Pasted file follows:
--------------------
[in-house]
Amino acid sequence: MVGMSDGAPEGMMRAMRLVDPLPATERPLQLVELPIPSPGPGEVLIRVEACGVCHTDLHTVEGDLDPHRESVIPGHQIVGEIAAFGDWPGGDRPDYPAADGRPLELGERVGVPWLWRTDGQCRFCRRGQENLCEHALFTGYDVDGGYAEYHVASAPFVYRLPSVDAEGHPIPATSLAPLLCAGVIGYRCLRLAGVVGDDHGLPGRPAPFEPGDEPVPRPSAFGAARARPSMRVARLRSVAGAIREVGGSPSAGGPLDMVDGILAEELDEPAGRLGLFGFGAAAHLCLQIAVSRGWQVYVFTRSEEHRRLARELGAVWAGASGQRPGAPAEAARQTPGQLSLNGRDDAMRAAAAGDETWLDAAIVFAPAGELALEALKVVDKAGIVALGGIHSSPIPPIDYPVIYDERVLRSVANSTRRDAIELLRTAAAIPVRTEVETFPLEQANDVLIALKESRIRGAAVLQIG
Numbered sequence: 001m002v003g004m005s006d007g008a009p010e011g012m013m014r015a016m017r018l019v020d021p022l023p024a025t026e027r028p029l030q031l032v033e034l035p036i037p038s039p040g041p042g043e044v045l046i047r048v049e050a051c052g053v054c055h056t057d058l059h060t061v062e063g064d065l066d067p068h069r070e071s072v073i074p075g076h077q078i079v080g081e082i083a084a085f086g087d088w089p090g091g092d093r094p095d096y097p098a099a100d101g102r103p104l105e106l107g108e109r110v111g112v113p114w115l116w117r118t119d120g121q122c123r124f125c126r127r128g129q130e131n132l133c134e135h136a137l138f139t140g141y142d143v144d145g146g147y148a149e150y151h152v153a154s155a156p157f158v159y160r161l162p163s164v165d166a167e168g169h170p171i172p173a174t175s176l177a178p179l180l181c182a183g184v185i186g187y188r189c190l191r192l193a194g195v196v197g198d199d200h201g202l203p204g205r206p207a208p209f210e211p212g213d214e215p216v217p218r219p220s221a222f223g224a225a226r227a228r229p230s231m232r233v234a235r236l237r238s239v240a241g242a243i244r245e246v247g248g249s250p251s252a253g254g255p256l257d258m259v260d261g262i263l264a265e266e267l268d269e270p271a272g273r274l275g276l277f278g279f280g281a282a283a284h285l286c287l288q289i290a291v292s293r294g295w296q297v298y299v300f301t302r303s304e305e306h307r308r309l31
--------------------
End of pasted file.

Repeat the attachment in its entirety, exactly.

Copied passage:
[in-house]
Amino acid sequence: MVGMSDGAPEGMMRAMRLVDPLPATERPLQLVELPIPSPGPGEVLIRVEACGVCHTDLHTVEGDLDPHRESVIPGHQIVGEIAAFGDWPGGDRPDYPAADGRPLELGERVGVPWLWRTDGQCRFCRRGQENLCEHALFTGYDVDGGYAEYHVASAPFVYRLPSVDAEGHPIPATSLAPLLCAGVIGYRCLRLAGVVGDDHGLPGRPAPFEPGDEPVPRPSAFGAARARPSMRVARLRSVAGAIREVGGSPSAGGPLDMVDGILAEELDEPAGRLGLFGFGAAAHLCLQIAVSRGWQVYVFTRSEEHRRLARELGAVWAGASGQRPGAPAEAARQTPGQLSLNGRDDAMRAAAAGDETWLDAAIVFAPAGELALEALKVVDKAGIVALGGIHSSPIPPIDYPVIYDERVLRSVANSTRRDAIELLRTAAAIPVRTEVETFPLEQANDVLIALKESRIRGAAVLQIG
Numbered sequence: 001m002v003g004m005s006d007g008a009p010e011g012m013m014r015a016m017r018l019v020d021p022l023p024a025t026e027r028p029l030q031l032v033e034l035p036i037p038s039p040g041p042g043e044v045l046i047r048v049e050a051c052g053v054c055h056t057d058l059h060t061v062e063g064d065l066d067p068h069r070e071s072v073i074p075g076h077q078i079v080g081e082i083a084a085f086g087d088w089p090g091g092d093r094p095d096y097p098a099a100d101g102r103p104l105e106l107g108e109r110v111g112v113p114w115l116w117r118t119d120g121q122c123r124f125c126r127r128g129q130e131n132l133c134e135h136a137l138f139t140g141y142d143v144d145g146g147y148a149e150y151h152v153a154s155a156p157f158v159y160r161l162p163s164v165d166a167e168g169h170p171i172p173a174t175s176l177a178p179l180l181c182a183g184v185i186g187y188r189c190l191r192l193a194g195v196v197g198d199d200h201g202l203p204g205r206p207a208p209f210e211p212g213d214e215p216v217p218r219p220s221a222f223g224a225a226r227a228r229p230s231m232r233v234a235r236l237r238s239v240a241g242a243i244r245e246v247g248g249s250p251s252a253g254g255p256l257d258m259v260d261g262i263l264a265e266e267l268d269e270p271a272g273r274l275g276l277f278g279f280g281a282a283a284h285l286c287l288q289i290a291v292s293r294g295w296q297v298y299v300f301t302r303s304e305e306h307r308r309l31